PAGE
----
Jes Baker (a.k.a the Militant Baker) is well known in the body positivity world for her blog, book, public speaking, and nationally acknowledged satirical ads around the beauty industry. Needless to say, her website is a gold mine. Here’s one article to start you off. (Disclaimer: Jes is known for her profanity so if that isn’t your style, her blog may not be the best place to start.)
2) What We Forget About Body Positivity by Taylor Sweet
Body positivity is about much more than plus-size women and weight. This article talks about the growing inclusivity in the body positivity movement to include men (and all gender expressions) and also discuss body characteristics that are beyond weight (i.e. acne, scars, hair).
3) How To Get A Revenge Body by Amanda Richards
This article flips the concept of weight-loss shows on its head with a little humor. Who doesn’t love some satire to encourage counter-cultural messages about worth and beauty?
4) The Five Things Body Positive Activists Want You To Know by Spooky Fat Babe
A great summary about the Body Positivity Movement. Also, as I mentioned early, it’s important to expose yourself to a variety of body types. This article includes some stunning and beautiful photography of the author – a woman who doesn’t fit ‘mainstream’ beauty standards and is confidently showcasing her body. (Disclaimer: The photos are tasteful but still may not be safe for work or suitable for children.)
5) I’m Transgender and I Need Body Positivity, Too by Sam Dylan Finch
Those who identify as trans, genderqueer, agender, gender non-confining, gender expansive – or anything besides their sex assigned at birth – face huge obstacles in seeing their bodies positively represented in media and mainstream culture. Additionally, trans folx have added vulnerabilities and risks when it comes to body dissatisfaction and developing disordered eating. This article helps highlight and validate some of the emotions and experiences a trans person may face when it comes to body acceptance and the steps still needed to make the body positivity movement more inclusive to trans folx.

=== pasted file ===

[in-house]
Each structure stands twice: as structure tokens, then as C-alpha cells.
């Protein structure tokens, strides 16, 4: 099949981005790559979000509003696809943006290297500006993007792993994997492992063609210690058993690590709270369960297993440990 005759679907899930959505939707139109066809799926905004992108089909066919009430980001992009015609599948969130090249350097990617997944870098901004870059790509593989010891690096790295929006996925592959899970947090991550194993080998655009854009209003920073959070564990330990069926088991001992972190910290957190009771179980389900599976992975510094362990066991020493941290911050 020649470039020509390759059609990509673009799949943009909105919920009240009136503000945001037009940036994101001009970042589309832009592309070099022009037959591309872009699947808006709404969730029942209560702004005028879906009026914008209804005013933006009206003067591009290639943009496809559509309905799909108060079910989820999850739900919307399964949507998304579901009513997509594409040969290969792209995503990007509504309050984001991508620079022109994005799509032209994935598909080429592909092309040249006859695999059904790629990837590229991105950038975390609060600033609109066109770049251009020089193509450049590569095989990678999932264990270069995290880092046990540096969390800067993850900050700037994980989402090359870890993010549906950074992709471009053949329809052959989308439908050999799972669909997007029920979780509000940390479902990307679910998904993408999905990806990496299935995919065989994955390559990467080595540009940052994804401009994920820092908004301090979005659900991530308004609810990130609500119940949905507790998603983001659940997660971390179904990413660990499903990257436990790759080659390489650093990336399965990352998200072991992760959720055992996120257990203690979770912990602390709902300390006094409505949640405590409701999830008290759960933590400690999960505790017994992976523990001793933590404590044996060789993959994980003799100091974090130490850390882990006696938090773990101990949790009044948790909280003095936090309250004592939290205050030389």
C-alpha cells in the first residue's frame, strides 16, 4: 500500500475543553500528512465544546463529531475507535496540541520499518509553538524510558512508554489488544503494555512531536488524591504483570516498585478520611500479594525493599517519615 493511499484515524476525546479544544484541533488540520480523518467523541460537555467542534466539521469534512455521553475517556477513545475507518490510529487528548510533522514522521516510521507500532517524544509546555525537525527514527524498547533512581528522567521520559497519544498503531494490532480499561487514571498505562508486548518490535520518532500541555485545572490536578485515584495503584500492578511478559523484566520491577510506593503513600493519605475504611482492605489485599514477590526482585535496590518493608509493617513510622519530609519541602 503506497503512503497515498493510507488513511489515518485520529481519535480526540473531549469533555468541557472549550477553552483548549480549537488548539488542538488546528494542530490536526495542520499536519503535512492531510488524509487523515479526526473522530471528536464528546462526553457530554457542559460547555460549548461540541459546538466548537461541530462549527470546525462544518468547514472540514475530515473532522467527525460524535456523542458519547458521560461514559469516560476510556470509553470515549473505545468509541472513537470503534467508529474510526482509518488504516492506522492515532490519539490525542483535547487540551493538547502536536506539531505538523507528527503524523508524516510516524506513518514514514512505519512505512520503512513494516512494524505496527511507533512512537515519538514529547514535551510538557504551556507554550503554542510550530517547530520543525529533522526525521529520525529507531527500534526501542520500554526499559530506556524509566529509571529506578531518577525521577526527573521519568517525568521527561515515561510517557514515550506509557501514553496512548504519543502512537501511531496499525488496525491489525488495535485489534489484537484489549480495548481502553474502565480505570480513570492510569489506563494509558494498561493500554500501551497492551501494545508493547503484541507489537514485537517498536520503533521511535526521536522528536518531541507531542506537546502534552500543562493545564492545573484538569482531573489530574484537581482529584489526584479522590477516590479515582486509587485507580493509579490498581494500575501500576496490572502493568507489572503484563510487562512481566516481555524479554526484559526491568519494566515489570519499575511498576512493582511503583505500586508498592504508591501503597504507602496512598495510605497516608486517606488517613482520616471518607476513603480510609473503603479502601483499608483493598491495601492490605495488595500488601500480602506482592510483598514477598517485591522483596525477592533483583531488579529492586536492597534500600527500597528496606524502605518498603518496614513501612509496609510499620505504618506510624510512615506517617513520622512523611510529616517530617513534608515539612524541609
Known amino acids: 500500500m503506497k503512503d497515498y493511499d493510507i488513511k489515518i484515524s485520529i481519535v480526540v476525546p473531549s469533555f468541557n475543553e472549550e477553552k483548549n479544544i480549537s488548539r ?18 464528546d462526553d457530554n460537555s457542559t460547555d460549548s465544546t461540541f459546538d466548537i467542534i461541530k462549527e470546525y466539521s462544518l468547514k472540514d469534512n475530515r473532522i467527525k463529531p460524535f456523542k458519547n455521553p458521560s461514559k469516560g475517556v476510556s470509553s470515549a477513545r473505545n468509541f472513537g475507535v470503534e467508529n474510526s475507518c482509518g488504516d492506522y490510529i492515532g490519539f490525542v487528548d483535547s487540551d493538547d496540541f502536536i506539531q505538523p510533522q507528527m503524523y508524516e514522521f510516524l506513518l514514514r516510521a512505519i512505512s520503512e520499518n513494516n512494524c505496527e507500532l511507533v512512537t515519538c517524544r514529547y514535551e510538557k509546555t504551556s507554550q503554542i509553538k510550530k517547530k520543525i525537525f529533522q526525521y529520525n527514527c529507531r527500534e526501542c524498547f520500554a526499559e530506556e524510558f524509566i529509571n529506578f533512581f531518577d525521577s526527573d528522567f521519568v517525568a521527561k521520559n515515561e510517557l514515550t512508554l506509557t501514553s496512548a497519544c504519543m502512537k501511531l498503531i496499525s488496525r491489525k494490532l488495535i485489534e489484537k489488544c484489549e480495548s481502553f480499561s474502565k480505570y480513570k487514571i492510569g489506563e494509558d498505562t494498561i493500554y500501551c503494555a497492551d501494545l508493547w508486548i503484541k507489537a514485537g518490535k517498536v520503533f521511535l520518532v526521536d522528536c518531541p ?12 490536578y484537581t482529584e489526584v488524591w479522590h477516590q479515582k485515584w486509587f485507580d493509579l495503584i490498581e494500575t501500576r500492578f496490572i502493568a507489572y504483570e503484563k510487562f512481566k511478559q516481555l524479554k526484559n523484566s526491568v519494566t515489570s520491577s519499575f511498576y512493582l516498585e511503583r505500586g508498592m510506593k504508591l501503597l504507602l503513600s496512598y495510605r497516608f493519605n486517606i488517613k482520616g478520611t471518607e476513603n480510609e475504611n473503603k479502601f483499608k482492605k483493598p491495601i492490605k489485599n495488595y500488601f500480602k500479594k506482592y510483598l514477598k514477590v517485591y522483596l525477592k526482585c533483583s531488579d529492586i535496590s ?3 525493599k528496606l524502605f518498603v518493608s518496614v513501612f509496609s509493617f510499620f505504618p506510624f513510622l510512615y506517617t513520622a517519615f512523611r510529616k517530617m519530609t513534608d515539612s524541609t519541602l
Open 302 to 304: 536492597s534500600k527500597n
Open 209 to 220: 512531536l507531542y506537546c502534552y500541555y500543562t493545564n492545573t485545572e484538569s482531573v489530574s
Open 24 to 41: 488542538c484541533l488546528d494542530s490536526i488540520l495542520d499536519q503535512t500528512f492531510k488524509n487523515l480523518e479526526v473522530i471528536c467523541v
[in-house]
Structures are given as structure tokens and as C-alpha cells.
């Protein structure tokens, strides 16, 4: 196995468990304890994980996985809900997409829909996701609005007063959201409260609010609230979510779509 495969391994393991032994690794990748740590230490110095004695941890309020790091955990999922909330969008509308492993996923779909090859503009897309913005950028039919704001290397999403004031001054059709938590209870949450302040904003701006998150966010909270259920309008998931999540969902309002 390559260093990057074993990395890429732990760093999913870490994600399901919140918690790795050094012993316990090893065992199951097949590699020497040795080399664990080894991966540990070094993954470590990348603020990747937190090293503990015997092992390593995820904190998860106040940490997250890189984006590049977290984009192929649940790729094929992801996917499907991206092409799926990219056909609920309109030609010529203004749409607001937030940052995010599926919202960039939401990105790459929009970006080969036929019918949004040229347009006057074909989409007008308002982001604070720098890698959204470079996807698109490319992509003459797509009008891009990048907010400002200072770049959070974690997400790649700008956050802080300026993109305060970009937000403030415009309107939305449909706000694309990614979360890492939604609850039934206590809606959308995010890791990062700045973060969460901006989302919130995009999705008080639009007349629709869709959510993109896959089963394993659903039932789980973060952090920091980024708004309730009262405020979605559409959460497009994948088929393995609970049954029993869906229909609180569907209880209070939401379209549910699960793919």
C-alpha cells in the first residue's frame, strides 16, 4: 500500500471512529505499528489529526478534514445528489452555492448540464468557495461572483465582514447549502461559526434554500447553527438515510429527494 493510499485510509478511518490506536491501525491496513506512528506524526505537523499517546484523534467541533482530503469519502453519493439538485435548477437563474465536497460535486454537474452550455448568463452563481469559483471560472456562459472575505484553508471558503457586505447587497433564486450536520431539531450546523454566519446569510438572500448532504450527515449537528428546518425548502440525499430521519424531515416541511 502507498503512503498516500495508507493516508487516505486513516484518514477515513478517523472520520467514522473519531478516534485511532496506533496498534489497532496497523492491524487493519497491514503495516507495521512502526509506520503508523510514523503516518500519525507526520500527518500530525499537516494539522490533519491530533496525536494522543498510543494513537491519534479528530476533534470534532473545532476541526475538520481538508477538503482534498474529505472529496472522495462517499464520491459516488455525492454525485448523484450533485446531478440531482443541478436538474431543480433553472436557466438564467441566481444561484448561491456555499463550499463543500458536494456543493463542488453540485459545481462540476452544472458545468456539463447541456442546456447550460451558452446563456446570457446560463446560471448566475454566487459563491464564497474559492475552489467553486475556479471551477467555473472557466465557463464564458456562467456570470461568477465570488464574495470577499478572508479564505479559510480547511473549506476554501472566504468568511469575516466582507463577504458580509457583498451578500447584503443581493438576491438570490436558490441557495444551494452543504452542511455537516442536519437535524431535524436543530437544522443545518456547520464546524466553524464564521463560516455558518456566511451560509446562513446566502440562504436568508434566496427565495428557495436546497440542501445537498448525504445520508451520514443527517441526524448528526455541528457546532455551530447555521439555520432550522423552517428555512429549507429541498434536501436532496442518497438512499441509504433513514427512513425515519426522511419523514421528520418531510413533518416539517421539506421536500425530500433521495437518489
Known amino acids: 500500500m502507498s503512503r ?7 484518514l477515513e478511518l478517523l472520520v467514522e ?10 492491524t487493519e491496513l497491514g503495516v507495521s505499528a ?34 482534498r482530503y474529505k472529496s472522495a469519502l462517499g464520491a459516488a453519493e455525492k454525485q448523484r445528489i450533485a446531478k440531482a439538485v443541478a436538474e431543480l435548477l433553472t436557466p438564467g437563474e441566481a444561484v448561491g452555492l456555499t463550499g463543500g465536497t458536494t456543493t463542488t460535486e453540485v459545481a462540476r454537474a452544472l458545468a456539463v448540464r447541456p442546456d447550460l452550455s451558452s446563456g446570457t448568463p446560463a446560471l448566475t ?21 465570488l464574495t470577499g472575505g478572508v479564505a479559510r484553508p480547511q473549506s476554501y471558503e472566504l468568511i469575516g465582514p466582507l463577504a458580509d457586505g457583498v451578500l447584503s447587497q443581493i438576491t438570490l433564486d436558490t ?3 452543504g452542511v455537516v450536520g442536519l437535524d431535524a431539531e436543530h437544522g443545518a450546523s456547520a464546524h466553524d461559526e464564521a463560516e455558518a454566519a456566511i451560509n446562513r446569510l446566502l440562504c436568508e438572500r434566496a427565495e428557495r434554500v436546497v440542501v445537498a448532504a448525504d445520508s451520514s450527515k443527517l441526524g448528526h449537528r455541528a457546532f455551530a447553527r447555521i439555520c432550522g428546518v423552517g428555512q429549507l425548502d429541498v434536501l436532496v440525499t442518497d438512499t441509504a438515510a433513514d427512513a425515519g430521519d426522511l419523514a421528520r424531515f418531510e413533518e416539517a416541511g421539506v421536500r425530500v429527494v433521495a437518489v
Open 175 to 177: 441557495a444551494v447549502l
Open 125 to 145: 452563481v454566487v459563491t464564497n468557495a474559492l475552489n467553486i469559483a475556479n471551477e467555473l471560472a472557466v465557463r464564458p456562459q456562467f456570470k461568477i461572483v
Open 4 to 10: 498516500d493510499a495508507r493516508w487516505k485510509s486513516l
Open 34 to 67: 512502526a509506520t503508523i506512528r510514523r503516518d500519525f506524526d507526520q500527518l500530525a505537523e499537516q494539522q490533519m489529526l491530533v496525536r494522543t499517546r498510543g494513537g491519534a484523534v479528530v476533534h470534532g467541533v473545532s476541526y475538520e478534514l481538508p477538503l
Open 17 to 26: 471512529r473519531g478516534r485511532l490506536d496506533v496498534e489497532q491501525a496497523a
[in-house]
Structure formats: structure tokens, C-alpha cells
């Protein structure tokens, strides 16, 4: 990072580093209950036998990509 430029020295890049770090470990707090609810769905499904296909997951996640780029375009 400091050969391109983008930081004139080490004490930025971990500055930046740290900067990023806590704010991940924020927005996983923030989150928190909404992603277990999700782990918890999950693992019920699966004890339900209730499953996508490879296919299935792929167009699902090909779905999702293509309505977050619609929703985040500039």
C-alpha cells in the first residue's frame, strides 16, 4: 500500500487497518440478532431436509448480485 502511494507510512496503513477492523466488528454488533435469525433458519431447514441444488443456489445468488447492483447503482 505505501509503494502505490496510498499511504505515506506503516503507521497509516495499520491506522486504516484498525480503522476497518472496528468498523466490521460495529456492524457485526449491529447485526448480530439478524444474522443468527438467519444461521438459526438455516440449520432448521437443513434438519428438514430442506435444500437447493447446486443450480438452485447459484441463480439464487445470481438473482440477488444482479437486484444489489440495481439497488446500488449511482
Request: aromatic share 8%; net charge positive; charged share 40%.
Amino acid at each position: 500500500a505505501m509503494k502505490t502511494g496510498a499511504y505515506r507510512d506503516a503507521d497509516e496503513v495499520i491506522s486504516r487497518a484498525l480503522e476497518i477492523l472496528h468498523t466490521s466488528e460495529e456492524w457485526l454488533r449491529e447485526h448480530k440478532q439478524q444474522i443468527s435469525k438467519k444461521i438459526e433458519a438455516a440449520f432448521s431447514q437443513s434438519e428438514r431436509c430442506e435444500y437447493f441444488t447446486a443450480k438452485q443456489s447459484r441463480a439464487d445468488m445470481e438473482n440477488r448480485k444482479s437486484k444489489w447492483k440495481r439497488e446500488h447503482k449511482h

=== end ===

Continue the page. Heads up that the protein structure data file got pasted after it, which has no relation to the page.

The Body Positivity movement has been criticized for focusing primarily on white, cisgender women. Gloria brings the voice of Latina + Indigenous people to the movement.
7) Encourage Positive Body Image by Demanding Mandatory Labeling on Photoshopped Imagery by Taryn Brumfitt
Taryn is well-known for her documentary Embrace. This article highlights the dangers of photoshop in magazines and how they impact self-esteem. It’s important to be saavy about how media affects us on a conscious and subconscious level. (Update: This documentary is now on Netflix!)
8) Exercise and Self-Love – they aren’t mutually exclusive! posted by The Body Positive
Our society views exercise as a means to lose weight, ‘improve ourselves’, or as punishment. Stop! Please exercise because you love yourself (or are working towards that), not because you loathe yourself.
Want to join the movement ? Schedule a free consultation and learn how therapy can help with disordered eating, body image concerns, or building a better relationship with food, your body, and movement.
Quiet Moon Counseling